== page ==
Nat put in his own money to become a  50 per cent partner and began exploiting his family connections to promote the fund, which grew from £60million in assets to a peak of £13billion before it was wound up three years ago.
The tax exile has homes – decorated with artwork by David Hockney – in the Swiss ski resort of Klosters, Manhattan and Paris.
The deal-maker’s circle of powerful men now include some who control large chunks of the natural resources sector, not least his business links with the former Soviet bloc in general – and Oleg Deripaska in particular.
Deripaksa: The tycoon with the £80million yacht
Although Oleg Deripaska was one of the world's richest men, with a fortune estimated at £18bn, in Britain he was barely known until the summer of 2008
Although Oleg Deripaska was one of the world's richest men, with a fortune estimated at £18bn, in Britain he was barely known until the summer of 2008
Although Oleg Deripaska was one of the world’s richest men, with a fortune estimated at £18billion, in Britain he was barely known until the summer of 2008.
Mention of the word oligarch conjured up the name of another super-rich Russian, Chelsea Football Club owner Roman Abramovich.
That instantly changed after the infamous Corfu ‘yachtgate’ scandal when Deripaska found himself at the centre of the political firestorm between Lord Mandelson and shadow chancellor George Osborne.
Details of the private conversations between the two politicians aboard the Russian’s £80million super-yacht, the Queen K, thrust Deripaska – much to his dismay – into the limelight.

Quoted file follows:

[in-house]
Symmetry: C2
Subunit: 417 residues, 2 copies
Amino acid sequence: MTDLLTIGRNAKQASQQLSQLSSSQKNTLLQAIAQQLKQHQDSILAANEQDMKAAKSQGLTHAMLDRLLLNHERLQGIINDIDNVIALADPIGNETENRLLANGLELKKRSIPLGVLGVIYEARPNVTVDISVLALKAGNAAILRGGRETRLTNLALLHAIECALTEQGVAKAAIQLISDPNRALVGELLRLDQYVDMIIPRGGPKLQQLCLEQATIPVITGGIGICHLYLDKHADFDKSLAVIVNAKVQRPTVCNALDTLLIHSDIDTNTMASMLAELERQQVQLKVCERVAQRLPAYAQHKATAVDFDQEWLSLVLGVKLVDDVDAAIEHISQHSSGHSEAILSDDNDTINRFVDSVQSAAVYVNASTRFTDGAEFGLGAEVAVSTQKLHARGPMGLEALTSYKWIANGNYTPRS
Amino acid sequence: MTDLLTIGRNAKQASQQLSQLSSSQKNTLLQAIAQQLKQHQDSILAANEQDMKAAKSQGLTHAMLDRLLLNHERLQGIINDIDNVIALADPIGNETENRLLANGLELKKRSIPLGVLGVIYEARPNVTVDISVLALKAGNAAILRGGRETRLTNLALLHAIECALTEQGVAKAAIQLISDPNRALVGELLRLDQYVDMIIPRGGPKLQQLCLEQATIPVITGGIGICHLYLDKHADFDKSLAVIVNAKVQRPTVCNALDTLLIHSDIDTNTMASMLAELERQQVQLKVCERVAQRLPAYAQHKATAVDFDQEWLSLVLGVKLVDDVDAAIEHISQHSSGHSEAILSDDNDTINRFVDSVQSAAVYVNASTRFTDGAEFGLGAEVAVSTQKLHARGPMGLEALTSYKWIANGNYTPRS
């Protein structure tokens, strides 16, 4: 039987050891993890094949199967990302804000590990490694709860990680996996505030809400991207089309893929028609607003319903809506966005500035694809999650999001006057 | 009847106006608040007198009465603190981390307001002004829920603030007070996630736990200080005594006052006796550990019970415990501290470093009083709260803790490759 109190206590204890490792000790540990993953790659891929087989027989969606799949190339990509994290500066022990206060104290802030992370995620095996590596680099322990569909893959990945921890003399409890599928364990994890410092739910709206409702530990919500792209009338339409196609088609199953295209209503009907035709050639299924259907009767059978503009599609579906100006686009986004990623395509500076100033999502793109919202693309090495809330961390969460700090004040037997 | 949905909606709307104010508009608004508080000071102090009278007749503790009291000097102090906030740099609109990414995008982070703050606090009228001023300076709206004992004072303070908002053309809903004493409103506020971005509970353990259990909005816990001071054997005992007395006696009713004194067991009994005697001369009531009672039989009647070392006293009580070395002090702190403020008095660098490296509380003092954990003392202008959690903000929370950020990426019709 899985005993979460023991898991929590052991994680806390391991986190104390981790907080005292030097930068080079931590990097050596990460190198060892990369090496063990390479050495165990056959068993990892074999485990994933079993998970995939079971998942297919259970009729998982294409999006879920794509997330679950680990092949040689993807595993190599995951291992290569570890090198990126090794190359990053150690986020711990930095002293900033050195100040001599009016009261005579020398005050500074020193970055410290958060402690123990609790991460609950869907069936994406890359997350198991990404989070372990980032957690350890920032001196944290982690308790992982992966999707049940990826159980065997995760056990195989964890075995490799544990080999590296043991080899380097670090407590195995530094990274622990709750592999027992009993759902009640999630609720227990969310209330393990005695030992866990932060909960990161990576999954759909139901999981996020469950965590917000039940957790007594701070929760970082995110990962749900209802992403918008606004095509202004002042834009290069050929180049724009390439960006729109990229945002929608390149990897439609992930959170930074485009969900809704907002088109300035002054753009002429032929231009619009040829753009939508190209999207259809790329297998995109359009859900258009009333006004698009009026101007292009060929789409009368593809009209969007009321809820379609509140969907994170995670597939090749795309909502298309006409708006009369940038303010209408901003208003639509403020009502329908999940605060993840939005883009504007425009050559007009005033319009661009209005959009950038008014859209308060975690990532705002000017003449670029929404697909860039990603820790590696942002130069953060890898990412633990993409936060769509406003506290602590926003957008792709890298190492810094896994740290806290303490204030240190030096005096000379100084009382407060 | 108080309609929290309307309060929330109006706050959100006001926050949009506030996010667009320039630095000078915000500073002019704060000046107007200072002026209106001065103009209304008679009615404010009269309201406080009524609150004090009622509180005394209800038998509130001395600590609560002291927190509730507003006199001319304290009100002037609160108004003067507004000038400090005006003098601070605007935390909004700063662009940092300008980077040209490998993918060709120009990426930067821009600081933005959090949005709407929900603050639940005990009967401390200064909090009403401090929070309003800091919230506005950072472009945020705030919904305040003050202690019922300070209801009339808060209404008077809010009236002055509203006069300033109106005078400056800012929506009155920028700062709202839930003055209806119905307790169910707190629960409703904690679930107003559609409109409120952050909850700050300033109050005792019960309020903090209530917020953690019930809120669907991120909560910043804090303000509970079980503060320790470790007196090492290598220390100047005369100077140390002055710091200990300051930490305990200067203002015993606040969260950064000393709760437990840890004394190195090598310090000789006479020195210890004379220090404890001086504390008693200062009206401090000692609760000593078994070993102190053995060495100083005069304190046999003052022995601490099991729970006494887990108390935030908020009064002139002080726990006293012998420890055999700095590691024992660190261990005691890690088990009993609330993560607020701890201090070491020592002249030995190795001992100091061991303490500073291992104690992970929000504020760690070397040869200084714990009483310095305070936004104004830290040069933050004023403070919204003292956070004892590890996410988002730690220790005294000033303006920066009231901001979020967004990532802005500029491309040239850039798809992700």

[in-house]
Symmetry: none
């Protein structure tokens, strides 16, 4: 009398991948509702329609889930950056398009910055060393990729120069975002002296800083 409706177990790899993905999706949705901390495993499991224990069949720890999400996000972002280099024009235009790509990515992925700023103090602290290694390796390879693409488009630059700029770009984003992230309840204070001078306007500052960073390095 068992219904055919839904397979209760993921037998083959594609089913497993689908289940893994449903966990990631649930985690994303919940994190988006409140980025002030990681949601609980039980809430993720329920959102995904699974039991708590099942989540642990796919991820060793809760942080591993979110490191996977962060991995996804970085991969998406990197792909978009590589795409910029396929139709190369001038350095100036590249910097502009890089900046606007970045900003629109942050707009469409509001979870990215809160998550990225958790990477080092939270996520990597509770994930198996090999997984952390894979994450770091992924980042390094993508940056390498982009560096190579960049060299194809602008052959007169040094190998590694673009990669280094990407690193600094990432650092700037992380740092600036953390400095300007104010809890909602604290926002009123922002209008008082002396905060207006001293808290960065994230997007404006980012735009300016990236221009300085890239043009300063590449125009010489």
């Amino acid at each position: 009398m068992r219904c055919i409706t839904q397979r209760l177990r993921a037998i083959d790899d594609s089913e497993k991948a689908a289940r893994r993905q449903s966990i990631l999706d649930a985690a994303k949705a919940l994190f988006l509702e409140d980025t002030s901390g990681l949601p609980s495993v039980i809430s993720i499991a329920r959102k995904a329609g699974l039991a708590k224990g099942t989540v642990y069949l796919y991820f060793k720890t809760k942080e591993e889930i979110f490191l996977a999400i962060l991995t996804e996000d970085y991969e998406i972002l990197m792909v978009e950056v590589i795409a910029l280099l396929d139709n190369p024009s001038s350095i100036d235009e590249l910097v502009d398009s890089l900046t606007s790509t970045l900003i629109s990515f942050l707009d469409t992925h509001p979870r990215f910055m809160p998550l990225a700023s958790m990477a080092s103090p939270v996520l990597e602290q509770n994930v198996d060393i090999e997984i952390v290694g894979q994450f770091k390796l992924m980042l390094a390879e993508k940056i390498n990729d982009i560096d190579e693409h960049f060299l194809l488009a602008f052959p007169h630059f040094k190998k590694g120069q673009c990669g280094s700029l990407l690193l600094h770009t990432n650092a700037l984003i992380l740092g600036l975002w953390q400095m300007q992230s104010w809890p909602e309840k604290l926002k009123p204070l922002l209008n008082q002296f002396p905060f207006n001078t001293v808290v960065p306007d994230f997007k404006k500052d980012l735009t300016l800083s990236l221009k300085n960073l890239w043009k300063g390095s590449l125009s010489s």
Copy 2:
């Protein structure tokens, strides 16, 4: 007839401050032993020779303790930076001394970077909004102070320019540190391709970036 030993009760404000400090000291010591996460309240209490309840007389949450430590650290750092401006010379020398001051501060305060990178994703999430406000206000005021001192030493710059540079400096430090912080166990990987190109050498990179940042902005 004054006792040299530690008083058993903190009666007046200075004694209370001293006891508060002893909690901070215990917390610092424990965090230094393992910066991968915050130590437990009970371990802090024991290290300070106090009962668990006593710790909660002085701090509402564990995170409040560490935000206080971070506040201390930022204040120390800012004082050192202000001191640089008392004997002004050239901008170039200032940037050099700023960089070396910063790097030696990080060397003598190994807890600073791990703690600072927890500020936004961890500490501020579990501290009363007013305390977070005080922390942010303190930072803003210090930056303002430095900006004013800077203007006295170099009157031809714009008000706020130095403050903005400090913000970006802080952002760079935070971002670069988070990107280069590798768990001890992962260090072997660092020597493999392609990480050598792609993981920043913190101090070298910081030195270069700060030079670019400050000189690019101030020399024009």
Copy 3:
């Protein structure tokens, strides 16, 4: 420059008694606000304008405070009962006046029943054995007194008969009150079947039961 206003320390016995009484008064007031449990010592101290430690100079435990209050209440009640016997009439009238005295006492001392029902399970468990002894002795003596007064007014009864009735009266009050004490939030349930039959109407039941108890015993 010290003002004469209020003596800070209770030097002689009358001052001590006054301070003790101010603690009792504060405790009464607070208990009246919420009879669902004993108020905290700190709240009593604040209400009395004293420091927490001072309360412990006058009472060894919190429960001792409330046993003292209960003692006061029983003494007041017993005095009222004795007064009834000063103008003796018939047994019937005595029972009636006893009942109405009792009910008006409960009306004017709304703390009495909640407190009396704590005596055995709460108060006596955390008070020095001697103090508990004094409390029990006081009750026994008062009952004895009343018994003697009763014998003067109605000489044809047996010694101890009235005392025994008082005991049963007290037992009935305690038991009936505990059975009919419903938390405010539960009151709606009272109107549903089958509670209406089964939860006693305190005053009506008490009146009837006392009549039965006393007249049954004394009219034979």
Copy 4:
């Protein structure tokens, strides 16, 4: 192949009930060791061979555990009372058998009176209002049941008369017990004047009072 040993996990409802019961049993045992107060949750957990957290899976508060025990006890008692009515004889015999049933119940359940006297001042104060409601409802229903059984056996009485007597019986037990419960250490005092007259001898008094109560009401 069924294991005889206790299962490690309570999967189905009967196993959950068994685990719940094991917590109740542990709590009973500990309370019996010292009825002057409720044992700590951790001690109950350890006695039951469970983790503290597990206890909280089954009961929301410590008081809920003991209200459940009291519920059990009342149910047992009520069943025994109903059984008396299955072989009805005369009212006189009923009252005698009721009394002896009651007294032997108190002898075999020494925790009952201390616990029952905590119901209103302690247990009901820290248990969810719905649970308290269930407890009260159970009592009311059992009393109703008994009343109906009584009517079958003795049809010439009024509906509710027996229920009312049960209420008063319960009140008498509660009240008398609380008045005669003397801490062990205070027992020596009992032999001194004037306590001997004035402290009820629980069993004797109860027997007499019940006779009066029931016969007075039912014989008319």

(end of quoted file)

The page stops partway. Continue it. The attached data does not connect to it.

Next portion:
Notoriously publicity-shy, he made his fortune in the brutal aluminium wars back in the 1990s when the Soviet Union collapsed.
Like his ultra-loyal special adviser Nat Rothschild, the metal magnate is extremely well connected.
But he bristled when once asked  if he benefited from the relationship with Mandelson, who had overseen EU  metal tariffs.
‘Benefited from friendship?’ he replied indignantly. ‘It’s not my business. Whatever I did in my life, I did myself.’
Like many oligarchs, Deripaska, 44, has humble beginnings and grew up in a Cossack village in southern Russia with his widowed mother.
‘We had no money,’ he says. ‘It was a very practical question every day. How do I get to buy food and keep from starving?’
During the infamous Corfu 'yachtgate' scandal, Deripaska found himself at the centre of a political firestorm between Lord Mandelson and shadow chancellor George Osborne
During the Corfu 'yachtgate' scandal, Deripaska found himself at the centre of a political firestorm between Lord Mandelson and shadow chancellor George Osborne. Details of private conversations between the two politicians aboard the Russian's super-yacht, the Queen K, thrust Deripaska into the limelight
After serving two years in the Strategic Missile Forces, he graduated from Moscow State University with a degree in nuclear physics and set about making his fortune.
With the old state-run industries – oil, gas and aluminium – being ruthlessly carved up, Deripaska was involved in a bitter struggle for a smelting factory in Siberia.
By the early 1990s he had accumulated a 20 per cent stake in the Siberian factory and in 2000 Abramovich bought most of the holdings in Russia’s aluminium industry and merged them with Deripaska’s company to create Rusal – Russian Aluminium.
The Chelsea owner later sold his stake to Deripaska, leaving him the undisputed tsar of one of the world’s most lucrative industries.
Despite losing a gigantic chunk of his fortune in the global financial crisis in 2008, Deripaska survived thanks  to Kremlin help in restructuring debts.
An Anglophile who speaks fluent English, he remains immensely wealthy and amongst his properties is  a £25million house in Belgravia.

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Cannes watch shop held up days after luxury hotel heist